The conduct of the RCMP has been “under the gun” in recent years across Canada and for us in BC their history has been a particularly troubled over in the last decade.
The force has just renegotiated its policing agreement with the province and now, with a new cop’s cop in charge nationally who started out by saying all the things the public wants to hear, there’s an opportunity for the RCMP to begin rebuilding its reputation.
RCMP Commissioner Bob Paulson’s appointment day response was that out-of-line RCMP officers could expect to have the book thrown at them – but by the time he was addressing a Senate committee on defence and national security last week, his responses lacked the ebullience of his first day.
While he said he would not hesitate to use third parties to investigate “serious harassment charges”, he declined a Senator’s suggestion that a “public enquiry” was needed to clear the air on sexual harassment.
My question becomes one of who then gets to decide when a sexual harassment charge is serious enough to pursue independently.
I certainly questioned this last week while reading newspaper reports of the case of a senior officer in Vancouver, Staff Sergeant Travis Pearson, who has pleaded guilty during an internal conduct hearing, to what his counsel, another RCMP officer, characterized as “a consensual affair” and as “an indiscretion that should not hinder Pearson from continuing his career with the RCMP.”
Cst. Susan Gastaldo and Staff Sgt. Travis Pearson both admitted having sex in a police car and exchanging intimate messages in 2009, while Gastaldo worked for Pearson in the “Special O” surveillance unit.
But other elements of Gastaldo’s story differ dramatically from Pearson’s. She has filed a civil suit in BC Supreme Court claiming Pearson used his power and her vulnerable mental condition to sexually assault her and coerce her into sexual relations – serious allegations indeed.
The same sentiments were expressed in other testimony in the same hearing by another RCMP employee. However, those allegations were only heard in the context of Gastaldo’s defence. They do not come within the disciplinary scope of the hearing, surely a discriminatory circumstance.
In this matter, notwithstanding the court action, both officers pled guilty, The consequence is that both could be docked 10 days pay – surely not a satisfactory solution with such serious allegations still unsettled.
It may be that this is out of Commissioner Paulson’s hands already since it is filed in the BC Supreme Court. So too may the allegations and the complaints of another BC officer, Cpl. Elisabeth Couture, who has also filed a lawsuit against the RCMP, accusing Mounties of demeaning and belittling her and forbidding her from making some work-related phone calls. When she complained, she claims she was told she was being watched.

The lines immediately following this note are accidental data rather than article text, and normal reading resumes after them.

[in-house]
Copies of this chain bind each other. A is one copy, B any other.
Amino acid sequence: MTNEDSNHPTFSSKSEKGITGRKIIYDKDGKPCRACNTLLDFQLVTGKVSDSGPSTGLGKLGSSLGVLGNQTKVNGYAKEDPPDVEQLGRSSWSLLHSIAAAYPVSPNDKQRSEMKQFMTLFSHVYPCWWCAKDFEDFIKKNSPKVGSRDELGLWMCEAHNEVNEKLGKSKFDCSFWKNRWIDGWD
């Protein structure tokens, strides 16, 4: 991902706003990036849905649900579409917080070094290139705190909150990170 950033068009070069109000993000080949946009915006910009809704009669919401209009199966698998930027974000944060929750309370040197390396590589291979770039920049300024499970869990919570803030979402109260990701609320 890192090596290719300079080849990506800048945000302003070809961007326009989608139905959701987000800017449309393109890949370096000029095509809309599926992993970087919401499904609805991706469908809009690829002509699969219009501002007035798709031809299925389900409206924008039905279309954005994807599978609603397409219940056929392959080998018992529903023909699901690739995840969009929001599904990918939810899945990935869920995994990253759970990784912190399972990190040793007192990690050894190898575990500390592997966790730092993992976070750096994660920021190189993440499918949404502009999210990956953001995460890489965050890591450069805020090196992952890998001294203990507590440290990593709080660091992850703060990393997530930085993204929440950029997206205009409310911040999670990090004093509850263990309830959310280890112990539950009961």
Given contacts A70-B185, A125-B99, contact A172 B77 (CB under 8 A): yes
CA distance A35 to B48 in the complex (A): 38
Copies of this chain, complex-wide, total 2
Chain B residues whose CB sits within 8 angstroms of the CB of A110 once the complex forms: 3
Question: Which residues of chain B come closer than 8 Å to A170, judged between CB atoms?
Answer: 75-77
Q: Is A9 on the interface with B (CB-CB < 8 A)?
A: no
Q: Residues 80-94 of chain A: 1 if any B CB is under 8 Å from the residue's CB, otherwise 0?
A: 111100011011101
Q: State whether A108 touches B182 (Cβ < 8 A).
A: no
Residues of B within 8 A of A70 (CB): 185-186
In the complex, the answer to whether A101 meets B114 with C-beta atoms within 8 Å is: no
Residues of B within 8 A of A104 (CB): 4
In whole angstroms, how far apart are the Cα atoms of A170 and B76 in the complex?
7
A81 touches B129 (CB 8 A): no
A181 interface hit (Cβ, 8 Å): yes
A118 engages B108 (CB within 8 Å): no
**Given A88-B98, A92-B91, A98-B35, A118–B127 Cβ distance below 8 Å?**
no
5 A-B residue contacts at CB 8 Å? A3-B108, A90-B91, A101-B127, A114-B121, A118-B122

Her lawyer, Marjorie Brown, says the abuse wasn’t sexual, but Couture suffered through an atmosphere of fear and control. “Cpl. Couture faced the problem of having the harassment face her at the hands of her superiors, so it was very difficult for her to achieve any resolution while she was working,” Brown said.
Meanwhile, there’s the outstanding case of Cpl. Catherine Galliford, formerly a high-profile RCMP public spokeswoman, who came forward to claim that she was driven to sick leave because of constant sexual harassment by superior and other male officers.
She has made even more serious allegations that important evidence in the investigation of serial-killer Robert Pickton, has gone “missing.”
Paulson promises to root out problem officers guilty of “dark-hearted behaviour” like excessive use of force and lying.
“We’re going to fire people, we’re going to suspend people immediately, we’re going to seek their dismissal through a formal procedure and we’re going to suspend their pay,” he said.
Strong words, but there’s a difference between “dark hearted” behaviour and incompetence, abuse of power, excessive use of force such as tasering, shootings and perhaps and deliberate interference with evidence in a multi-million dollar court case.
Harassment charges are only a small part of the range of systemic problems that Paulson agrees face the force under his new command
So, I was perturbed that his responses to the Senate committee seemed to be less forceful than his media reactions in November.
“Some (harassment) cases don’t merit a harassment response, some of them merit criminal proceedings, others merit Code of Conduct proceedings, but some of them merit ‘take it back to work, and smarten up,’ he told the committee.
His own response to the harassment scandal is driven by a “theory” he said he espouses that within the RCMP, as a paramilitary organization, “what’s wrong is how power has been misunderstood for authority.”
He told the senate committee, “The peace officer world is one where there’s authority and power over citizens and consequently officers are not always able to manage that in how they manage their colleagues. So that’s the theory according to Bob.”
But Paulson said fixing it depends on “how we manage our leadership program, how we manage our officers, how we hold officers to account.”
He’s right about that – and there have been so many serious incidents in BC alone that if no significant action is seen to be taken in a prompt manner, the RCMP’s reputation will continue to suffer – and Paulson’s with it.